Record Stores Rock
Many of us of a certain (older) age fondly remember record
stores. For us, it was a place called Mr. Muck’s in Pompton Plains, NJ where
many weekend and summer days were spent trolling through the massive collection
of vinyl looking for something new that would rock our world and rattle the
windows at home. Oh, those joyful teenage years having parents screaming at
you to "turn
Anyway, despite reports to the contrary, record stores are still
around today despite digital downloads. A few (very few) are still thriving
concerns and have managed to grow by sticking to fundamentals that made them
great back in the day, including product assortment and service. A big part
of the experience many years ago was talking to people working the store that
seemed to know everything about the artists and the recordings.
from the past that has helped record stores is vinyl. While a small market
when compared to digital downloads and even compact disks, good old fashioned
LPs are a growing market. Vinyl sales rose 14 percent last year even as albums
as a category fell 13 percent, according to Nielsen SoundScan.
This Sunday marks
the third annual Record Store Day, a initiative launched for independents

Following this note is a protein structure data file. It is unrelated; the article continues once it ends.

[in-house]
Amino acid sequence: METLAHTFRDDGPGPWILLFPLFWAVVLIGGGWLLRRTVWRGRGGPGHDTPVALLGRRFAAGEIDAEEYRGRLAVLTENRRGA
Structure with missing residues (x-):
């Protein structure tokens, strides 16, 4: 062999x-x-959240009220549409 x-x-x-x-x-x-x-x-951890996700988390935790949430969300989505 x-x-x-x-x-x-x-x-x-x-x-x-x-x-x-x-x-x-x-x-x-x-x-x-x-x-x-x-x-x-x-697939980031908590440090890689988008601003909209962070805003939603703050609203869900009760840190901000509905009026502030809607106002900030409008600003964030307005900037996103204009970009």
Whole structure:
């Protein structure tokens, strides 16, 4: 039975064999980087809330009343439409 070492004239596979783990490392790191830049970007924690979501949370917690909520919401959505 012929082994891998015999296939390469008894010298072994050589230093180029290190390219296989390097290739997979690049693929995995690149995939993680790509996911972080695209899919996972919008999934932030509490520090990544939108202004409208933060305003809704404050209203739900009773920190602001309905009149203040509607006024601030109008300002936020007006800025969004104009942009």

to remind consumers that they were still around and have something to offer.
As in the past, this year’s event will include in-store performances at some
locations and limited edition vinyl albums from new and classic acts including
AC/DC, Adele, Bruce Springsteen and the E Street Band, Buck Owens, Daft Punk,
Derek & The Dominos, Flogging Molly, Foo Fighters, My Chemical
Romance and a lot more. Ozzy Osbourne is the official Record Store Day ambassador.
Store Day co-founder Michael Kurtz said the annual event has helped raise awareness
of what independents have to offer and that has been good for business. Mr.
Kurtz told the Sacramento Bee that in the three years
since the event was launched, independent retailers have gone from six percent
of music sales to 10 percent. Thirty-five percent of respondents to a RetailWire poll
in 2009, said independents had a very or moderately big opportunity for growth.
Forty-six percent thought the upside was small and only 19 percent thought
there was almost no chance for independents.
"I firmly believe the future of the music industry lies in the hands
of the independents. We push the envelope by taking chances on and promoting
lesser known artists, and are passionate in our support and beliefs," said
Tom Kohn, owner of Bop Shop Records in Rochester, NY, in a statement. "The
independent record store is a place where folks can gather and connect around
a common interest, and in that respect, bears little difference from the quintessential
social networking sites — the old book and record stores of the fifties and
- Record Store Day
- Record Store Day – Facebook
- Record Store Day celebrates the independent retailer – Sacramento Bee
- Record Stores Get Their Day – RetailWire
Discussion Questions: What is the future of independent record stores in your mind? Can independents migrate the in-store “experience” to online through websites, social media, etc. and how important will this be for the future of the channel?